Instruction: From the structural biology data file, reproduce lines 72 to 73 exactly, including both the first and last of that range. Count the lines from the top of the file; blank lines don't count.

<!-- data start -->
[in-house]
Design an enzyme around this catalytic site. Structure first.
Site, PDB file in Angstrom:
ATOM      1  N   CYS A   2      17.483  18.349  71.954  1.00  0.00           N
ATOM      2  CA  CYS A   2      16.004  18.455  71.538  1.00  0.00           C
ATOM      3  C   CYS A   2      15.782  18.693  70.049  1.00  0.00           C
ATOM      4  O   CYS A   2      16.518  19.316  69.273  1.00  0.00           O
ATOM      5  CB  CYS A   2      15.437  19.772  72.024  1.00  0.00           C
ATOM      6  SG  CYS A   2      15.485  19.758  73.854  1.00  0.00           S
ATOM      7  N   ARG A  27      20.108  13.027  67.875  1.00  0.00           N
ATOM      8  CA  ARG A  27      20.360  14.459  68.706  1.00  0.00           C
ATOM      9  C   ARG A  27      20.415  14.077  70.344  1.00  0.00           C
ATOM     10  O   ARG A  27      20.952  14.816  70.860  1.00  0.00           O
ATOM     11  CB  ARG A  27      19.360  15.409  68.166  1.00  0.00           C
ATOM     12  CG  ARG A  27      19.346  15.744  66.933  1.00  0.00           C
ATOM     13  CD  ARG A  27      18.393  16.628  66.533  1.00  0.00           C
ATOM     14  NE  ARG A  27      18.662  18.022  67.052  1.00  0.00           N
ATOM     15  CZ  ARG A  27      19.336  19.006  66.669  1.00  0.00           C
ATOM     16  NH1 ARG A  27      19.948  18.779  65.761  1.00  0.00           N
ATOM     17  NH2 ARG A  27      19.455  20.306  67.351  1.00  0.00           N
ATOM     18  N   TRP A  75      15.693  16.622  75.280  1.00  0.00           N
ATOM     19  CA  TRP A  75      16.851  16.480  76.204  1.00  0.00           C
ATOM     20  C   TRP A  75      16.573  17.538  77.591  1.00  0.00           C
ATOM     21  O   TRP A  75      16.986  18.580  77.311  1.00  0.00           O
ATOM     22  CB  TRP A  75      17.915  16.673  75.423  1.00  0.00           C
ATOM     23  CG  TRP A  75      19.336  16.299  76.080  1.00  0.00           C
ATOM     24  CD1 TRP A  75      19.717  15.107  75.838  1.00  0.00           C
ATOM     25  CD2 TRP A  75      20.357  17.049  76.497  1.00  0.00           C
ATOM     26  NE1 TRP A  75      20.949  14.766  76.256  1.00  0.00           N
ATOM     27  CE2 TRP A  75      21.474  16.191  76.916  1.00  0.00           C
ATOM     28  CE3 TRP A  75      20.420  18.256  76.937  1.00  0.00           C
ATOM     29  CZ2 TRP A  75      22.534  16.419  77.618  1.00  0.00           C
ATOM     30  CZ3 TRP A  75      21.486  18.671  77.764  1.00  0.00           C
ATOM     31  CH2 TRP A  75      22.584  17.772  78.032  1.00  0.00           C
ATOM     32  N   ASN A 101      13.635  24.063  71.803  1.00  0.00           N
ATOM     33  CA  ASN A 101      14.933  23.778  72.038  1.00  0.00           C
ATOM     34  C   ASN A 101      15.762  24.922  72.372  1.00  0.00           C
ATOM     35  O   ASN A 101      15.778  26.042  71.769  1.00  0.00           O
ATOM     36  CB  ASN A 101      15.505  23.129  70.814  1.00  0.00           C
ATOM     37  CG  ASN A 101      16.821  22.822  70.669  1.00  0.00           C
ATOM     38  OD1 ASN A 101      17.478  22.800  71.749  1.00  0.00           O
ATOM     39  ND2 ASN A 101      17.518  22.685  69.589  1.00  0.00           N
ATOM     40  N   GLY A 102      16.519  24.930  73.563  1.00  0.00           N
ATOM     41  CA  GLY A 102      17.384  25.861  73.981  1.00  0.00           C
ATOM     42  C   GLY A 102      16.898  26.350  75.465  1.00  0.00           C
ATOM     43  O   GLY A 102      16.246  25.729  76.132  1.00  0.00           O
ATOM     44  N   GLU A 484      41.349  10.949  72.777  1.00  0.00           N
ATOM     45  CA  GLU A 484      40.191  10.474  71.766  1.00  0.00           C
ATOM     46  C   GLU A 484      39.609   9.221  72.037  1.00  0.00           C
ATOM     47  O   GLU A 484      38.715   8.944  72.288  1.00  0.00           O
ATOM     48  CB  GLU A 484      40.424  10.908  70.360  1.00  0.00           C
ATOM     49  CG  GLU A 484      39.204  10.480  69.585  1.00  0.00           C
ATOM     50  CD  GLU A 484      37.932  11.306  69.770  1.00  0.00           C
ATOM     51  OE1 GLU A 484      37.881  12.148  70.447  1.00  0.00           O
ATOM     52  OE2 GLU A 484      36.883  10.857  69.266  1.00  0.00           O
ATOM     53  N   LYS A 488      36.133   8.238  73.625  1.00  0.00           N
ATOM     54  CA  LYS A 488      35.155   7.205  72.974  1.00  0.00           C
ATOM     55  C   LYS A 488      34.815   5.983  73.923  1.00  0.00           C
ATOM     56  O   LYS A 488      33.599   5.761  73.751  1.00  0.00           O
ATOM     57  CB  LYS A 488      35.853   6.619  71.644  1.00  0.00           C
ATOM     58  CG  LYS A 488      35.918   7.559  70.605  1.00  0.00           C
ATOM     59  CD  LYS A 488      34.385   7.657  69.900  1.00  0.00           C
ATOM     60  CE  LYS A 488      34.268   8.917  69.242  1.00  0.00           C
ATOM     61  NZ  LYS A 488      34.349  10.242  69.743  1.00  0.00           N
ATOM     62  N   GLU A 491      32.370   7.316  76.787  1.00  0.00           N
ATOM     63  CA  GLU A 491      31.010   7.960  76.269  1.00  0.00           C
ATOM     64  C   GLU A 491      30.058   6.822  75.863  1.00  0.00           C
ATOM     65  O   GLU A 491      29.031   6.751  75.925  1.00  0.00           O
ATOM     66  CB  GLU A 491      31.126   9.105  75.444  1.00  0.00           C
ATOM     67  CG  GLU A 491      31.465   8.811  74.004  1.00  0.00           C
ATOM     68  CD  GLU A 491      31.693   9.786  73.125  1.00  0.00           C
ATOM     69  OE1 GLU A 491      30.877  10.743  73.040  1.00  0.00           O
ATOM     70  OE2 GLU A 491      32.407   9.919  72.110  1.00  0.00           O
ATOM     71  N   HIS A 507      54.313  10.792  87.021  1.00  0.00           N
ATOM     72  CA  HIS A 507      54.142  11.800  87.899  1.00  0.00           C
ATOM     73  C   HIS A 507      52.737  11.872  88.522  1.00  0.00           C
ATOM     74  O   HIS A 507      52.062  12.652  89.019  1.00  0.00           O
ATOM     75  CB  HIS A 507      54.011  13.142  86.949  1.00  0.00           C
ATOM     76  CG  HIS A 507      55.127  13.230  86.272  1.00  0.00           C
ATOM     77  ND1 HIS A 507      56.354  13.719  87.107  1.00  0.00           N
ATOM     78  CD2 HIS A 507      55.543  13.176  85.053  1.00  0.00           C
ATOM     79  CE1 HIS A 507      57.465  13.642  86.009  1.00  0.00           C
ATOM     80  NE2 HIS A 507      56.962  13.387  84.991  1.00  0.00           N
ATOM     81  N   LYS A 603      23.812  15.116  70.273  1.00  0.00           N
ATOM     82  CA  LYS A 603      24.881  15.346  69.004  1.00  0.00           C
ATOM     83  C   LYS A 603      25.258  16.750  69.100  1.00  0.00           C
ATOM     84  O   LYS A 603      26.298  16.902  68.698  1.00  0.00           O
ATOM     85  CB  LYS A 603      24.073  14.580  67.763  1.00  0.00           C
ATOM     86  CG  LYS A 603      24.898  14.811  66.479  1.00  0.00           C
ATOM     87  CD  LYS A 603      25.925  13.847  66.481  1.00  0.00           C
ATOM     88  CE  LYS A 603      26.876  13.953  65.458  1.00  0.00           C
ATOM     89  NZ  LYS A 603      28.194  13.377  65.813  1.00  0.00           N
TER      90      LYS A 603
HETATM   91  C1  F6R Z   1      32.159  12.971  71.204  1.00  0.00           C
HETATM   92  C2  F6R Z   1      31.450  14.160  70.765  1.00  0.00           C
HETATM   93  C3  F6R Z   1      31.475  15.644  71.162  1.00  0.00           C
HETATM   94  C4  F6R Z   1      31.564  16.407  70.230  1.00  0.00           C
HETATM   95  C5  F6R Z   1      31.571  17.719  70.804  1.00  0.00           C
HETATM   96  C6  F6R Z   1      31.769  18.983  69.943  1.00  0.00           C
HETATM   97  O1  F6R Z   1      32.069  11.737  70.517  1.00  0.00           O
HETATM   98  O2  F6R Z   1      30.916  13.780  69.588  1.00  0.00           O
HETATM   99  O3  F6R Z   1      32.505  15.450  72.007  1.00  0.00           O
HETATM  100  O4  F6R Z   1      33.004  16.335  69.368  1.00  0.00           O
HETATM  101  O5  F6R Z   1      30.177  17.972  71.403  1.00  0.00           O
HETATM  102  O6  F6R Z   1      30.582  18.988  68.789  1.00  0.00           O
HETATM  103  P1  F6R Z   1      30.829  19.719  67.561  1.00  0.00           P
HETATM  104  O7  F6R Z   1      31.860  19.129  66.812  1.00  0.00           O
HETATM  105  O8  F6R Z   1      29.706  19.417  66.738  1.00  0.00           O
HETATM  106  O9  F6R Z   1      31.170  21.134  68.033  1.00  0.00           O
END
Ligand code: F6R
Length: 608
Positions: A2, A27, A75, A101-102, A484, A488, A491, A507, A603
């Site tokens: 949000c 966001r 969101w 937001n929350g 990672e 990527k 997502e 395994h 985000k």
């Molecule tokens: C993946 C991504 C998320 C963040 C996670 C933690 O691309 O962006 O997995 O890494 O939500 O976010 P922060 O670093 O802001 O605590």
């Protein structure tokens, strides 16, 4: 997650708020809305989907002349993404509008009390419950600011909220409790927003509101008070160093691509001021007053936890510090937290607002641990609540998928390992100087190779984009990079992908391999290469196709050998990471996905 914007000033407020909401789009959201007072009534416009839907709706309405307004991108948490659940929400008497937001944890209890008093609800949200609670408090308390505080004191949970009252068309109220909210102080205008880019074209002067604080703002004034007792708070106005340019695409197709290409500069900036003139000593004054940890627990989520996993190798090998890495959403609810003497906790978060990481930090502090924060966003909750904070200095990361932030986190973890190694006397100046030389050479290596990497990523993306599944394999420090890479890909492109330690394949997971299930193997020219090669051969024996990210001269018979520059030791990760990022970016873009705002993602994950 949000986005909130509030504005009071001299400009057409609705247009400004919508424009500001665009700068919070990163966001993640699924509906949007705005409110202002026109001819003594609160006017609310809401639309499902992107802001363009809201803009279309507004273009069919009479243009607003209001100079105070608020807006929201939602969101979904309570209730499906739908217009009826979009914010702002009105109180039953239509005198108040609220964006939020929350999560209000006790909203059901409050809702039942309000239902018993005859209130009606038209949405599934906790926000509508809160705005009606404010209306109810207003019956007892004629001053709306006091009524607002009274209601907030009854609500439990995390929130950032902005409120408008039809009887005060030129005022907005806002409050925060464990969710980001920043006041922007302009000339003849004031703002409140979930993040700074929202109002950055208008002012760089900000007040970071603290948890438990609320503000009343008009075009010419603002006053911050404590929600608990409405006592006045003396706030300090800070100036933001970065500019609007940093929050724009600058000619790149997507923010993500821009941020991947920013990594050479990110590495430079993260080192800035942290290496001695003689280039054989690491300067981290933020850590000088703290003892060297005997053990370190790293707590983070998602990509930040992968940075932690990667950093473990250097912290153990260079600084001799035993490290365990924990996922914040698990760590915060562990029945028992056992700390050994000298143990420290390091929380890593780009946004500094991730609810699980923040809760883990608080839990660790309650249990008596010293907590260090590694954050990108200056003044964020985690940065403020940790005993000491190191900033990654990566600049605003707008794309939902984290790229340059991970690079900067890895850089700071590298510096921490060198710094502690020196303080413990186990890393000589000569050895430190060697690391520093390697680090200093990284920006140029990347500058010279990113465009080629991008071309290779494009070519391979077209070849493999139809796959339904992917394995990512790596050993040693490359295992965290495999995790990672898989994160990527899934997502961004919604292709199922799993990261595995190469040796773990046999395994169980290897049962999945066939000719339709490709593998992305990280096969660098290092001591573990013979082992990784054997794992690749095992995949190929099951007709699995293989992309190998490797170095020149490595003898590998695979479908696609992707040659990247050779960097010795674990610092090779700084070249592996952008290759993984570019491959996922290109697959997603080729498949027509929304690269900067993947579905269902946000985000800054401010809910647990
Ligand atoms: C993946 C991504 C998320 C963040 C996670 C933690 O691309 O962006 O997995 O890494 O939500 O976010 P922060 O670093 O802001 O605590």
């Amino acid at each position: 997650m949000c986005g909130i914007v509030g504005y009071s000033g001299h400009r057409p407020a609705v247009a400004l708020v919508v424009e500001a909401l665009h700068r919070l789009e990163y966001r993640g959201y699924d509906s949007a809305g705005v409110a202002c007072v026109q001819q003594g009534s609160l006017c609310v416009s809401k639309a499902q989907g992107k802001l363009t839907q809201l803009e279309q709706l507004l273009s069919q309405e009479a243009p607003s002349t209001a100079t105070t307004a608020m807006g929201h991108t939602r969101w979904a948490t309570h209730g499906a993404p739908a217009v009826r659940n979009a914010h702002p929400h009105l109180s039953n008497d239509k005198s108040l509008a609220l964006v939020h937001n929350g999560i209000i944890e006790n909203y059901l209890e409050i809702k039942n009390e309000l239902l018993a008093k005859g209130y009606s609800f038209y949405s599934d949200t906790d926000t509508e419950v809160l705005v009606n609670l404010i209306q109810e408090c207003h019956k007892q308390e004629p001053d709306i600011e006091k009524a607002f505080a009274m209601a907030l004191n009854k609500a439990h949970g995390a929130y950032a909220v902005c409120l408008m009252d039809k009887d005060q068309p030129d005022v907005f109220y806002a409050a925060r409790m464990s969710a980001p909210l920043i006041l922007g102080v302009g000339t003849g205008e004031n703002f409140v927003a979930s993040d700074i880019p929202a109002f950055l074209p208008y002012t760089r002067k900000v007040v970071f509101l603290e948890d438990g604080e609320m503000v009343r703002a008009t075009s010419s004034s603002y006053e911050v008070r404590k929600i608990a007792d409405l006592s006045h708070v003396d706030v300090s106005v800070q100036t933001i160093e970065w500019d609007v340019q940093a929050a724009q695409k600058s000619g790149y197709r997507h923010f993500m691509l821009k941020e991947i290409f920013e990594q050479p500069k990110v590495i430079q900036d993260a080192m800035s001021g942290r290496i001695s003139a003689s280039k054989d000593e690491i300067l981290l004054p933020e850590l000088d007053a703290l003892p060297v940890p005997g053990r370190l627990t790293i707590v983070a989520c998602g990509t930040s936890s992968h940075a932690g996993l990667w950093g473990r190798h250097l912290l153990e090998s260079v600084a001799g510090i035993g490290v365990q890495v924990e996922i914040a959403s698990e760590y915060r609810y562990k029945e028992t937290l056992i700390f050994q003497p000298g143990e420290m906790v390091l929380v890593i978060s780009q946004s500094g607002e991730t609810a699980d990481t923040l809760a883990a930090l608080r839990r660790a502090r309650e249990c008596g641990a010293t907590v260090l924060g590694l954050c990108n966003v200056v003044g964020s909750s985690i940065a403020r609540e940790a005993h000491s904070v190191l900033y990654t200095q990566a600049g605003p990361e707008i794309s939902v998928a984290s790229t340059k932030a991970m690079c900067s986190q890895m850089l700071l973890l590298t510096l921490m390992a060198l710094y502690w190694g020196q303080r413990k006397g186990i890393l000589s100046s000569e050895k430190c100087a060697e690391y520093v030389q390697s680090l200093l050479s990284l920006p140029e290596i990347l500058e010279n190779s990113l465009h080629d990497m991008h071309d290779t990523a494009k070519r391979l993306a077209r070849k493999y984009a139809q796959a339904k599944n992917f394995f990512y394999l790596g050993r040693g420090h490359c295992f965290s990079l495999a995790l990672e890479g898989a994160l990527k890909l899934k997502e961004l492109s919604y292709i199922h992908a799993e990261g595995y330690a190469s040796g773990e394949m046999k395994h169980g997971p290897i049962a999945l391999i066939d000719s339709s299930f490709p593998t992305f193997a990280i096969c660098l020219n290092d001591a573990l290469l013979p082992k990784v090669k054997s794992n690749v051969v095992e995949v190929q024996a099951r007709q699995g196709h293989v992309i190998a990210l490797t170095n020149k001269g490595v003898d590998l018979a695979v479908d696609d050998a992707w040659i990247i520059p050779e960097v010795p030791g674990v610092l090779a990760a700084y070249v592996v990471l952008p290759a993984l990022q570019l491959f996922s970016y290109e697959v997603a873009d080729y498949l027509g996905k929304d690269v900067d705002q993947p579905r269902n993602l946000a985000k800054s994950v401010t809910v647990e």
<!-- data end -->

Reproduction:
ATOM     69  OE1 GLU A 491      30.877  10.743  73.040  1.00  0.00           O
ATOM     70  OE2 GLU A 491      32.407   9.919  72.110  1.00  0.00           O